LaFlamme: Quebec will bail on this because they already have it. So the other provinces, we're already hearing from Ontario that know one size fits all doesn't work. So I think that's where this comes down to, is how do you negotiate with the provinces to make this real?

Freeland: You know, I wouldn’t be so confident that Quebec will not be interested. Actually, quite the contrary. I think this is a program that is going to be really, really helpful for Quebec. Quebec’s system is expensive for Quebec and Quebec needs more high-quality, affordable spaces. With support from the federal government, that is what they will be able to build. So I actually think this announcement is really good news for Quebec and I look forward to our conversation with them, as I do with all of the provinces and for sure, this is not a one-size-fits-all approach, this is about a series of bilateral negotiations. But what the federal government is going to be looking to build is a system which is high quality, which is accessible, which is affordable and you know what, it’s hard for me to see how anyone could debate any of that.

LaFlamme: Well, there is much debate already ensuing, as you can imagine, but the one thing they're all debating, the provinces -- they wanted something that was going to bolster health-care funding. They wanted a serious injection of cash, up to $28 billion a year, and they're not getting it. So Premier Legault is even talking about urging the opposition to topple the government if this budget didn't deliver on health care, especially during a pandemic.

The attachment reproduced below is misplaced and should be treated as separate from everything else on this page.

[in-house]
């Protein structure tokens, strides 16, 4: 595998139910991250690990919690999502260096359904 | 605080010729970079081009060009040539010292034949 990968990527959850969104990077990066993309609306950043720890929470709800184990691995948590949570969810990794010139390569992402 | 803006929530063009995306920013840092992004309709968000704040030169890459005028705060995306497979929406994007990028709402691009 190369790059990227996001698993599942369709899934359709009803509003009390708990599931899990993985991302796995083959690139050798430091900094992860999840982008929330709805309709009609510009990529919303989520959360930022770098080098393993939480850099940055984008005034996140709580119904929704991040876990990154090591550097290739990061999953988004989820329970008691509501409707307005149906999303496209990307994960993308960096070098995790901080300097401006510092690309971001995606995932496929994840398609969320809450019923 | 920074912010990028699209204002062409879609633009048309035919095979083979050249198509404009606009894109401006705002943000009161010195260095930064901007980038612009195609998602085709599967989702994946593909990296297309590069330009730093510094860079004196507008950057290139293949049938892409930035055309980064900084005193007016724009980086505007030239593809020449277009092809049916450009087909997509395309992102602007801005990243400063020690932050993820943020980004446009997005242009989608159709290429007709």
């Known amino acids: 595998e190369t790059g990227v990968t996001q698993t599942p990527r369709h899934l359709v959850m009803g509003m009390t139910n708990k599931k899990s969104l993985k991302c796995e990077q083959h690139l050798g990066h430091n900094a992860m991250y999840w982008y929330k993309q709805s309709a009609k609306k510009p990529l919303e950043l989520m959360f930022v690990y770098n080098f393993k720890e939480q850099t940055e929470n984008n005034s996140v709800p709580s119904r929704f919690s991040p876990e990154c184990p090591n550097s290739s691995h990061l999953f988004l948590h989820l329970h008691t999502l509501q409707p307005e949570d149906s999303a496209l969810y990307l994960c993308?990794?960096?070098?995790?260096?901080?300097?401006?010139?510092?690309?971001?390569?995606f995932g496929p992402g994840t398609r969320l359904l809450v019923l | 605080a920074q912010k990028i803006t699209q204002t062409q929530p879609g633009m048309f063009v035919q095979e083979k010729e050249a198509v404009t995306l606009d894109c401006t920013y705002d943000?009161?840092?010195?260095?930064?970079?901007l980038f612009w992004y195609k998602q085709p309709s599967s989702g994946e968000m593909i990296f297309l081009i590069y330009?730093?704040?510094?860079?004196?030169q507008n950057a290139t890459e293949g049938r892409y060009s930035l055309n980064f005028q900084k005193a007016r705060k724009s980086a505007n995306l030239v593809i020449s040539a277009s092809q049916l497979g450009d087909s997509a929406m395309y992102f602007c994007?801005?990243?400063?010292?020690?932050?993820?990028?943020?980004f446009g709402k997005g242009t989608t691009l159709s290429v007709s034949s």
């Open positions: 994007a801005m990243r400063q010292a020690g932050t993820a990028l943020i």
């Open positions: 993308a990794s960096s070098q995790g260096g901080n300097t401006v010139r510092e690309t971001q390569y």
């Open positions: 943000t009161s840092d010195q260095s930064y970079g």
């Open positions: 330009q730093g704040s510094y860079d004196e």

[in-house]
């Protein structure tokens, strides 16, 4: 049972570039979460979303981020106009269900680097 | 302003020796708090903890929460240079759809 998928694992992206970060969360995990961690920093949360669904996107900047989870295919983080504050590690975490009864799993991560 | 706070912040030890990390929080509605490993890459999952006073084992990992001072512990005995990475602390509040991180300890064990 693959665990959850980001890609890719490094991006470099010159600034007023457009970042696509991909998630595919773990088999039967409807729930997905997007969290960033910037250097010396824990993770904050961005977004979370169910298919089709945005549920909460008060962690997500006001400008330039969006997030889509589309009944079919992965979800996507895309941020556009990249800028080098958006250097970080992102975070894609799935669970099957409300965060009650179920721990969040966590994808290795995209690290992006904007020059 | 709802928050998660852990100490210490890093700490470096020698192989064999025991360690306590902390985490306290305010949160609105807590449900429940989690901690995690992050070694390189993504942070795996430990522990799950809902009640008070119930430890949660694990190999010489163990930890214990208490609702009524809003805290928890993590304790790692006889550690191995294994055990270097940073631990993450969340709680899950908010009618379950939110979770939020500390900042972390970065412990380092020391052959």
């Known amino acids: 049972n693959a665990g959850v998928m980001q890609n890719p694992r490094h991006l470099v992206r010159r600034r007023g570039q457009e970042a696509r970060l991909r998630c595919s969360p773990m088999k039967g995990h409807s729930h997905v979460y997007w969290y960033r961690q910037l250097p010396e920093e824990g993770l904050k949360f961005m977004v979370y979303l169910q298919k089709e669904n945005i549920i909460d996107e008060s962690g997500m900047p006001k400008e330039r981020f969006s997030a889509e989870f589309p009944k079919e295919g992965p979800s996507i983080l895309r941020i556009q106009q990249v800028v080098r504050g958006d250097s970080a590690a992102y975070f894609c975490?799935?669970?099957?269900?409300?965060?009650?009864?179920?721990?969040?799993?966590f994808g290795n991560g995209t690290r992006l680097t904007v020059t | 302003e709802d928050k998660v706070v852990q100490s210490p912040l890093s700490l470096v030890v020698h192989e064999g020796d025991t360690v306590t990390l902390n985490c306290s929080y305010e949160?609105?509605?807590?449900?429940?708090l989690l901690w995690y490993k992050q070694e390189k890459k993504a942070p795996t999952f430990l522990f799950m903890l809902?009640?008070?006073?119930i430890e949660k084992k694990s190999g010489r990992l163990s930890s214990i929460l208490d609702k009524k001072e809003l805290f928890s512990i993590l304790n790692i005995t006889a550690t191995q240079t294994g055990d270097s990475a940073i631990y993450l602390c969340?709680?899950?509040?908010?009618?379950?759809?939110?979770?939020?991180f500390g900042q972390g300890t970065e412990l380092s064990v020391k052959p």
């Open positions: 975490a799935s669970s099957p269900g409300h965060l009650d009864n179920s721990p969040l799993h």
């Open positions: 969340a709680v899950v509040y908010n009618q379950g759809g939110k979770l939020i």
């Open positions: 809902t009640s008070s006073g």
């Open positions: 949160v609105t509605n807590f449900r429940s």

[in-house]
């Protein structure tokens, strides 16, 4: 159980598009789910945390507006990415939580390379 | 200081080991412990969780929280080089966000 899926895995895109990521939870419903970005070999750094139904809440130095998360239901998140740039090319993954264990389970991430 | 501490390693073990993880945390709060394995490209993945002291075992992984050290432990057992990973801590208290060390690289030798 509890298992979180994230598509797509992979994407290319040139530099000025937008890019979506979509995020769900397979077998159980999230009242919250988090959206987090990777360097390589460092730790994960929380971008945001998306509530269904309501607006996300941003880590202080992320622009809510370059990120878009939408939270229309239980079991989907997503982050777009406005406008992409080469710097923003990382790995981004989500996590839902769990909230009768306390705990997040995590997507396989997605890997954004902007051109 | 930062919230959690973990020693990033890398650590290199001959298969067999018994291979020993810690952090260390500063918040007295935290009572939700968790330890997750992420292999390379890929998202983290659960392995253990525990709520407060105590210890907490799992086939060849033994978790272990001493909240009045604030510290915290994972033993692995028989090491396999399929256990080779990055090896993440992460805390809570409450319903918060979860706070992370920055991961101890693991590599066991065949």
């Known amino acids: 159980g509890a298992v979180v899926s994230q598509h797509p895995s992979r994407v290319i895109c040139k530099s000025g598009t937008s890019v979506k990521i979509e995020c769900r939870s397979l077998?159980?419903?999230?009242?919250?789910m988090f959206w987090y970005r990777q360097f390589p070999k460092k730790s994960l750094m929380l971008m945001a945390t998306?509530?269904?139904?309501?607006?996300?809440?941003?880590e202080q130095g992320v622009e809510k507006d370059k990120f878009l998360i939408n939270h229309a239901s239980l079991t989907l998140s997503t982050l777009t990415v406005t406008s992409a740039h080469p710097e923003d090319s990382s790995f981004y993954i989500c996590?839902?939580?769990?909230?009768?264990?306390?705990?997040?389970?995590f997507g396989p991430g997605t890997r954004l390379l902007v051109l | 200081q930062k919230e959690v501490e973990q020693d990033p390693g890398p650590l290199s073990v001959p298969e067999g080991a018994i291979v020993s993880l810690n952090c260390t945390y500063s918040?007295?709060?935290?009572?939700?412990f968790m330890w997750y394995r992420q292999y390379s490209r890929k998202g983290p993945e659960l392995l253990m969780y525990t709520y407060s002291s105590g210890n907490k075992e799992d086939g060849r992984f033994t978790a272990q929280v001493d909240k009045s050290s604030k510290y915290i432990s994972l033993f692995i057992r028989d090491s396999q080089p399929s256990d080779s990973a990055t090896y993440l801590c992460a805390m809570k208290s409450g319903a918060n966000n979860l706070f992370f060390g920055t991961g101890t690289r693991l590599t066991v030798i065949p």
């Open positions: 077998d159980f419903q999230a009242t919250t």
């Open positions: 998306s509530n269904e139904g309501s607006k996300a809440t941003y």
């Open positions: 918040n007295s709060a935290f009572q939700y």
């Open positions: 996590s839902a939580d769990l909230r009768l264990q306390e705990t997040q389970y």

Freeland: As you know very well, just a couple of weeks ago, we committed an additional $5 billion to support the provinces and territories in their health-care system in the fight against the third wave. We knew the third wave was coming and we knew they needed that additional support. And this comes on top of half a billion extra that we put forward right away in March last year when the pandemic struck and of course, nearly $20 billion in the state restart agreement of last summer. So the federal government has been there. We're going to continue to be there. We're going to do whatever it takes to finish the fight against COVID.